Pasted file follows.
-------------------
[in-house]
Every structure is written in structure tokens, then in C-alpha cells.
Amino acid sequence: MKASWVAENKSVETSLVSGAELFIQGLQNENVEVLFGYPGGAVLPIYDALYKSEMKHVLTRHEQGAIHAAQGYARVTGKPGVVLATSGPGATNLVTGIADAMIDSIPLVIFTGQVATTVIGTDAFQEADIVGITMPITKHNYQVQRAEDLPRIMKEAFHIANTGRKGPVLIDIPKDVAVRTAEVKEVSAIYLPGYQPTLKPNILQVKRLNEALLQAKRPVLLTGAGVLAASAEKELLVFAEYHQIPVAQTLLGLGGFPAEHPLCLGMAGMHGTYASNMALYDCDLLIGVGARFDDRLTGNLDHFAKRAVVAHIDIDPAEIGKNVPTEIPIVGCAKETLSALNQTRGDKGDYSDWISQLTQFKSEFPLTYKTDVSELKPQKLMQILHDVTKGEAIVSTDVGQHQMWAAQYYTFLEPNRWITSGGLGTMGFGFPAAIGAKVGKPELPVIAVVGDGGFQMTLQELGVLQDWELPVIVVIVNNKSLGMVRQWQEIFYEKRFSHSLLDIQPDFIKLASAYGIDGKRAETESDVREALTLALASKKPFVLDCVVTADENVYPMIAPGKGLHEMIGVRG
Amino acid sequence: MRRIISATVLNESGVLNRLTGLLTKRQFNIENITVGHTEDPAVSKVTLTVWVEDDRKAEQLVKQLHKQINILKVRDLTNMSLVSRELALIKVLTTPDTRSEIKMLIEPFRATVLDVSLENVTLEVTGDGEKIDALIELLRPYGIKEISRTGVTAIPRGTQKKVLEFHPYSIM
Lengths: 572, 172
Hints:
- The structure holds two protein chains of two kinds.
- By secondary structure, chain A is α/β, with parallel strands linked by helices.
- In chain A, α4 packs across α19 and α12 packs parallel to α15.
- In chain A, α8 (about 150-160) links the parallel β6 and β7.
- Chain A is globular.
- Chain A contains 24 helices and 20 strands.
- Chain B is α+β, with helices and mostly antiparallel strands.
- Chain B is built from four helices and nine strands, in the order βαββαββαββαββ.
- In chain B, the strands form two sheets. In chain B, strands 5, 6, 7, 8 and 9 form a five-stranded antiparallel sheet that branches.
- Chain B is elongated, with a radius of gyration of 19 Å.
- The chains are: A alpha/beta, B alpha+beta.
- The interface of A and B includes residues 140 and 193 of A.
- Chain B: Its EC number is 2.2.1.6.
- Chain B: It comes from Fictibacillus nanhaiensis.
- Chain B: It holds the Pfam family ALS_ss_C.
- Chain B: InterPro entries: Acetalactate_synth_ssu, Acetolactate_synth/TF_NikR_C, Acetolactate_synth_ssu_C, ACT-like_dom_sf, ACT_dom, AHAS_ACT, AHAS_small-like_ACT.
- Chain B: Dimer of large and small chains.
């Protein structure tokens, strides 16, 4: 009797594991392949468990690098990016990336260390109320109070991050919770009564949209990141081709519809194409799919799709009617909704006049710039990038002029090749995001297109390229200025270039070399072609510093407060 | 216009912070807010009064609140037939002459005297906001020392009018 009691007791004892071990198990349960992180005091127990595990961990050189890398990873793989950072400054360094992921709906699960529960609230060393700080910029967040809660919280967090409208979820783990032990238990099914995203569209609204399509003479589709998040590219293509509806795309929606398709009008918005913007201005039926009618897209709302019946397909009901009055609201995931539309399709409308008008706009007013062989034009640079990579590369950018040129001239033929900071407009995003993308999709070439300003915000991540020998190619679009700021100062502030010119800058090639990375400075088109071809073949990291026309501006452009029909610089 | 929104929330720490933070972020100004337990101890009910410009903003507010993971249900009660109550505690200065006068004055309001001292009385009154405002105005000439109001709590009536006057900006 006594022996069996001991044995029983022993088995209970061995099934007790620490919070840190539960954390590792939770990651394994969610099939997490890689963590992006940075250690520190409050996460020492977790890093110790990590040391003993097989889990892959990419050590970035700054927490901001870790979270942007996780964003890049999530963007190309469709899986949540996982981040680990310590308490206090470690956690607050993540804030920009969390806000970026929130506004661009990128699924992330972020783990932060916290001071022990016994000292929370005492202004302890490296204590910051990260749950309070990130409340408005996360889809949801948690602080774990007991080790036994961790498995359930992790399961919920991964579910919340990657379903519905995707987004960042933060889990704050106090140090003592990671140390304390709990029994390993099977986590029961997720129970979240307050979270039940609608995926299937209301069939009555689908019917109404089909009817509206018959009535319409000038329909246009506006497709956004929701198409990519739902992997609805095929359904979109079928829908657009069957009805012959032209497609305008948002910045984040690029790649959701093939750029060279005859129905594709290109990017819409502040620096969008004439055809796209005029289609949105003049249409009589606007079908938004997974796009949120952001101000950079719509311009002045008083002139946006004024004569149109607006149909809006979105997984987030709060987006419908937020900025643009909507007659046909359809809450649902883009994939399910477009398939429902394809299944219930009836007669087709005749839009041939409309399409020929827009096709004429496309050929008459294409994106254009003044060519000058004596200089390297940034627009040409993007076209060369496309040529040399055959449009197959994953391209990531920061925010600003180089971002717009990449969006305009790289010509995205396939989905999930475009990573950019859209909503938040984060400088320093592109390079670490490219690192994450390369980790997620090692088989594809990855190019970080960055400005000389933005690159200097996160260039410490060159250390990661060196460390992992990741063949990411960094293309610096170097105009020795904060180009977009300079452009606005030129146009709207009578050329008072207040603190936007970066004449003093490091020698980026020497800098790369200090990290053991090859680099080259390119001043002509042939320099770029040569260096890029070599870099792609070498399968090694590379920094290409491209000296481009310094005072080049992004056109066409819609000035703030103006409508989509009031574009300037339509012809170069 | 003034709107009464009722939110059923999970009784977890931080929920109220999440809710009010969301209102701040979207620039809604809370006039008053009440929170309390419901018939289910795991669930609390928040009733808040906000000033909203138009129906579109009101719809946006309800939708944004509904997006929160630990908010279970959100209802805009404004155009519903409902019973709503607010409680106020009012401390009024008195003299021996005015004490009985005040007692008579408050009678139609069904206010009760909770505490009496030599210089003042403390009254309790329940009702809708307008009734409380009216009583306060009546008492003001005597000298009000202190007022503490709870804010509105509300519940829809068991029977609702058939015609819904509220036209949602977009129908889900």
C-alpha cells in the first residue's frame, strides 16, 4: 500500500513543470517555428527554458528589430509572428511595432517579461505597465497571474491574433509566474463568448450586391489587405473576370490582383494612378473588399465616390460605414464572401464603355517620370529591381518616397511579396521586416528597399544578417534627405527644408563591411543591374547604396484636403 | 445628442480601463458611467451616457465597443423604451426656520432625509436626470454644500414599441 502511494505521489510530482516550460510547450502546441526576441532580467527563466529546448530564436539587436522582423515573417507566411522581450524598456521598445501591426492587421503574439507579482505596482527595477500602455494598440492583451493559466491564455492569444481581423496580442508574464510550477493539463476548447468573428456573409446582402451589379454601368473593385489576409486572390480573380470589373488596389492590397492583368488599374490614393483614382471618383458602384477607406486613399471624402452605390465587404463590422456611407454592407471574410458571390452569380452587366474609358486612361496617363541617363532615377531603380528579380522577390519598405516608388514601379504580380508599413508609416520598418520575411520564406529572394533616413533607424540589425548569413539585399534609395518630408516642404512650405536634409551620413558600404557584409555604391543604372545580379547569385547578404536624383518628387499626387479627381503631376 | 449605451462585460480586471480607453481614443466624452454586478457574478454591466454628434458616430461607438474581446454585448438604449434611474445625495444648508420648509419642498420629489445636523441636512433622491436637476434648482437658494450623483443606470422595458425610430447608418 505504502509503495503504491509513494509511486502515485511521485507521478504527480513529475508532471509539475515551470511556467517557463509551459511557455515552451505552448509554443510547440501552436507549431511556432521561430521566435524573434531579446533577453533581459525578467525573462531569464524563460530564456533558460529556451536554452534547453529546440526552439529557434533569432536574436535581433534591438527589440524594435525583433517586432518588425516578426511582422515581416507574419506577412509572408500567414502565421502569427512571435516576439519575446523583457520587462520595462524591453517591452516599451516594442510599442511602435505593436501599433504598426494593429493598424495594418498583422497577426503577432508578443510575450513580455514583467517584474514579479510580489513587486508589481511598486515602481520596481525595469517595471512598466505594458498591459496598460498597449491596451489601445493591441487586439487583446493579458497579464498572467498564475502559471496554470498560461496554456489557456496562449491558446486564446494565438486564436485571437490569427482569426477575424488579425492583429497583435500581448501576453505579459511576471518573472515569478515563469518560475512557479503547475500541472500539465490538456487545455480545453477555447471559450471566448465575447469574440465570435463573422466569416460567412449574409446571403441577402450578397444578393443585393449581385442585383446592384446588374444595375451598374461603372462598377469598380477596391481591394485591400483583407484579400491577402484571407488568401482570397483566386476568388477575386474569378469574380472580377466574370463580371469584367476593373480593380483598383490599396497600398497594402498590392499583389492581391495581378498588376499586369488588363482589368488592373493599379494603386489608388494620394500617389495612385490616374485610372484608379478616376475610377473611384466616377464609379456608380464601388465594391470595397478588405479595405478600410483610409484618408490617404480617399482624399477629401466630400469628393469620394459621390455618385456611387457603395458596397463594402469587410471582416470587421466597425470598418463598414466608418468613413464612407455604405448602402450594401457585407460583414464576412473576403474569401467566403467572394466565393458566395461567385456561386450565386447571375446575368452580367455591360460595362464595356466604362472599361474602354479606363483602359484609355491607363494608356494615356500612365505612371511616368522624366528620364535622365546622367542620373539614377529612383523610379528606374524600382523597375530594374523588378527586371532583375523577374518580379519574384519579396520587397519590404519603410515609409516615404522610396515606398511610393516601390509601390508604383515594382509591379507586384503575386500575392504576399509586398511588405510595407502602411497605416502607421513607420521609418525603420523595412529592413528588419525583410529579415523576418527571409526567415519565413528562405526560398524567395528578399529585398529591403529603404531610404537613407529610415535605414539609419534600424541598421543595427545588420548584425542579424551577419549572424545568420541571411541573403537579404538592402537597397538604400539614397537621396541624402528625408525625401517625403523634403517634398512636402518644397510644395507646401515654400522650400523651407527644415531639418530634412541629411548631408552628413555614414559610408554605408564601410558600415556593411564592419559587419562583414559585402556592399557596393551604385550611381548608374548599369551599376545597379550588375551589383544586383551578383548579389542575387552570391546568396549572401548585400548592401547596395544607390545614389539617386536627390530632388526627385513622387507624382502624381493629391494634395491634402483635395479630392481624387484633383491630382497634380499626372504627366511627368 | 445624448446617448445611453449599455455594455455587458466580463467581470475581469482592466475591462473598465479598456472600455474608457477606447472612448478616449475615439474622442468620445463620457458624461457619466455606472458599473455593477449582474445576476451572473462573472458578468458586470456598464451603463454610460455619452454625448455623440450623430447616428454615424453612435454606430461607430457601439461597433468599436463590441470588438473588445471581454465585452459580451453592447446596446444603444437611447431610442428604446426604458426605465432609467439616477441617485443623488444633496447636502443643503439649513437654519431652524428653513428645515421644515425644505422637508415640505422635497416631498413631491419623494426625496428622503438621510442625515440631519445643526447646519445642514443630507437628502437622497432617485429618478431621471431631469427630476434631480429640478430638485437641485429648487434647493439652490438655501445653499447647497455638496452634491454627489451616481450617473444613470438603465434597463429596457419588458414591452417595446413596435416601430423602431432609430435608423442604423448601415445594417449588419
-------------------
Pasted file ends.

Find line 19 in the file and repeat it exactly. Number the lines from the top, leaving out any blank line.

- Chain B: Its EC number is 2.2.1.6.